In Calcutta, sound and fury evidently signify a great deal. This must be the reason why traders are feeling so disgruntled with the ban on noisy firecrackers. The law, at present, puts a 90-decibel cap on sound-producing firecrackers — which means around 14 firecrackers from a list running far too long can be legitimately burst this Kali Puja and Diwali. But the makers and sellers of these items of ‘festive cheer’ are unhappy with this ‘concession’, and have put pressure on the police and the pollution control board for more leniency. Will the PCB and the police relent? One can never tell. A few weeks ago, the police had won kudos for efficient traffic management during the Durga Puja. But it would be premature to rest assured on that performance. The Calcutta Police is known for its inconsistency, so it may well decide to turn a deaf ear to noise pollution this year. That would mean a pretty pile for unscrupulous traders and a field day for unthinking revellers.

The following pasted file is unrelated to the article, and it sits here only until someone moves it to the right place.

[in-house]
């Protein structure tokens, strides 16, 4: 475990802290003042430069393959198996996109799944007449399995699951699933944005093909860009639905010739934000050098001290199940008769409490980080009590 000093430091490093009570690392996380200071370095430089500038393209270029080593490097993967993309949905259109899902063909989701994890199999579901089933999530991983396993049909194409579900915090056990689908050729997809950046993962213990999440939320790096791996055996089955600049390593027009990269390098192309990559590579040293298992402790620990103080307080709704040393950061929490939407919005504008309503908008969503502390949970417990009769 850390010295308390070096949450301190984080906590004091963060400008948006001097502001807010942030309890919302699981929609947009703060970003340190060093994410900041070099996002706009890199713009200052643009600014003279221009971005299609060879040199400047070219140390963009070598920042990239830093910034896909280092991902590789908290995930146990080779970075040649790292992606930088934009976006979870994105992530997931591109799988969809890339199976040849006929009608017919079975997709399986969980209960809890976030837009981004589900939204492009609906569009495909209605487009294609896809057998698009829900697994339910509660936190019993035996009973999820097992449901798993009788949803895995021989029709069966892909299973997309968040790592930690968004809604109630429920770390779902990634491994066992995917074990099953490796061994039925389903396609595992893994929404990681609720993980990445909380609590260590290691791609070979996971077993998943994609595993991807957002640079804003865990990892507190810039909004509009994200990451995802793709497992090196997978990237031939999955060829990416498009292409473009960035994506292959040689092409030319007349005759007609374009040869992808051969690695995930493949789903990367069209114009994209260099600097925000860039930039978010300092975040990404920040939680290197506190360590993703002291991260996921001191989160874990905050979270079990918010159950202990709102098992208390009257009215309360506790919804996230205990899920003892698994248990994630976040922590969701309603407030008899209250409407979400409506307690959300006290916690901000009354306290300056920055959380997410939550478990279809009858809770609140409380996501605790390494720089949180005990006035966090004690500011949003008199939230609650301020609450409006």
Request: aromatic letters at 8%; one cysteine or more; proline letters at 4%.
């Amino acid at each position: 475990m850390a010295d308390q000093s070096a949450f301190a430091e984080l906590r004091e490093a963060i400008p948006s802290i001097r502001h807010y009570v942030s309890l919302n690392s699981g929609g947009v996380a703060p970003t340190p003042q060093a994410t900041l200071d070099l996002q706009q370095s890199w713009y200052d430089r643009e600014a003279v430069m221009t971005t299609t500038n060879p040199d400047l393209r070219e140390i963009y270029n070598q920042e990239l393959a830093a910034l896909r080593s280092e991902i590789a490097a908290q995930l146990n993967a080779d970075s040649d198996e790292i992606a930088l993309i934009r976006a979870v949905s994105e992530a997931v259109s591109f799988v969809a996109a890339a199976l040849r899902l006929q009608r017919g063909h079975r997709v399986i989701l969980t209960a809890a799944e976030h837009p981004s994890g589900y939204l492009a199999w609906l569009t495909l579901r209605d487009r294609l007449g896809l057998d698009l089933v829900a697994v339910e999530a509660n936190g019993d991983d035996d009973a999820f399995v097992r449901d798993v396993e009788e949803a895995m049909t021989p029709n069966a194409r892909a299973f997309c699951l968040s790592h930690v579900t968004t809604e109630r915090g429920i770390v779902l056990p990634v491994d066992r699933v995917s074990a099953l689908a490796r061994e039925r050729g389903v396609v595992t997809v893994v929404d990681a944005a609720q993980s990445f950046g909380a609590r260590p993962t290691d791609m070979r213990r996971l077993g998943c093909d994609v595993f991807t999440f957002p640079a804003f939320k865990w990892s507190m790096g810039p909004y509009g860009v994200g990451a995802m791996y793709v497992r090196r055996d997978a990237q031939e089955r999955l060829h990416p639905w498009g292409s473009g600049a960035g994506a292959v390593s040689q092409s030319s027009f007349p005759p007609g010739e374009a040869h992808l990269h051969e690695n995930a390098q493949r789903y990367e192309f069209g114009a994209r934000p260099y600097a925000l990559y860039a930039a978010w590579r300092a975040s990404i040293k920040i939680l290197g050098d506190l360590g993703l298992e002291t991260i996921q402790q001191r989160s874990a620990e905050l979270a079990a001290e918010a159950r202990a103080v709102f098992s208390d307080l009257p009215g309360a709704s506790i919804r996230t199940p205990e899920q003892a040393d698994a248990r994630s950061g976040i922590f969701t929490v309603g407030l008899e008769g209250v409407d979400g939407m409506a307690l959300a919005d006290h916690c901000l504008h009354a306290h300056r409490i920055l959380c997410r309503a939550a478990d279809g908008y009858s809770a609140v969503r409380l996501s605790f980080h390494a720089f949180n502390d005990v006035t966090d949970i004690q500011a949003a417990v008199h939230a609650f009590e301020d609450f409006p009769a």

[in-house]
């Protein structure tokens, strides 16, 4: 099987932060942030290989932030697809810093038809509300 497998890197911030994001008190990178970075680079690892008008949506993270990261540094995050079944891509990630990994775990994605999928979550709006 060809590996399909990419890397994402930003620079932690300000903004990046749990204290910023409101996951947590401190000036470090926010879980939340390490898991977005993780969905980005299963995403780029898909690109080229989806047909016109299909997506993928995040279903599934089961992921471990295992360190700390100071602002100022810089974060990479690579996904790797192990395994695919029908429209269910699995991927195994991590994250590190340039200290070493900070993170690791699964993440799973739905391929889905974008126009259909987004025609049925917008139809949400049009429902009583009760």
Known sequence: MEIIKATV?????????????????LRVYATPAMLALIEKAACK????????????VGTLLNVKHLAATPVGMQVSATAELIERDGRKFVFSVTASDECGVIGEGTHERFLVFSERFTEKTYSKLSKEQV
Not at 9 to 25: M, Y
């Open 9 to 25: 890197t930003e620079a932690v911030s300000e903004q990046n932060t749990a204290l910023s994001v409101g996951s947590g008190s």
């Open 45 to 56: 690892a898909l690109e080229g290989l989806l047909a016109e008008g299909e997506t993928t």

The larger issue around this absurd ‘debate’ over permissible limits of sound pollution has little to do with law. It must be a special kind of mind that finds pleasure in explosive firecrackers — it is a taste not many are privileged to acquire. As high-decibel noise can cause a range of physical distress — from loss of hearing to cardiac arrest — there can be nothing remotely mirthful about raising a din. Those who burst such firecrackers, and those who abet their manufacture and selling, are equally selfish and perverse, responsible for causing health hazards and answerable to those citizens who like to enjoy their festivals in peace. Why should a religious festival anyway be turned into an excuse for unruly behaviour? Why are firecrackers, noisy or silent, so indispensable for the celebration of Kali Puja or Diwali? Firecrackers are made of chemicals that emanate noxious fumes when burnt. This cannot be a good thing for any city. For Calcutta, already choked with vehicular pollution, it is nothing less than lethal.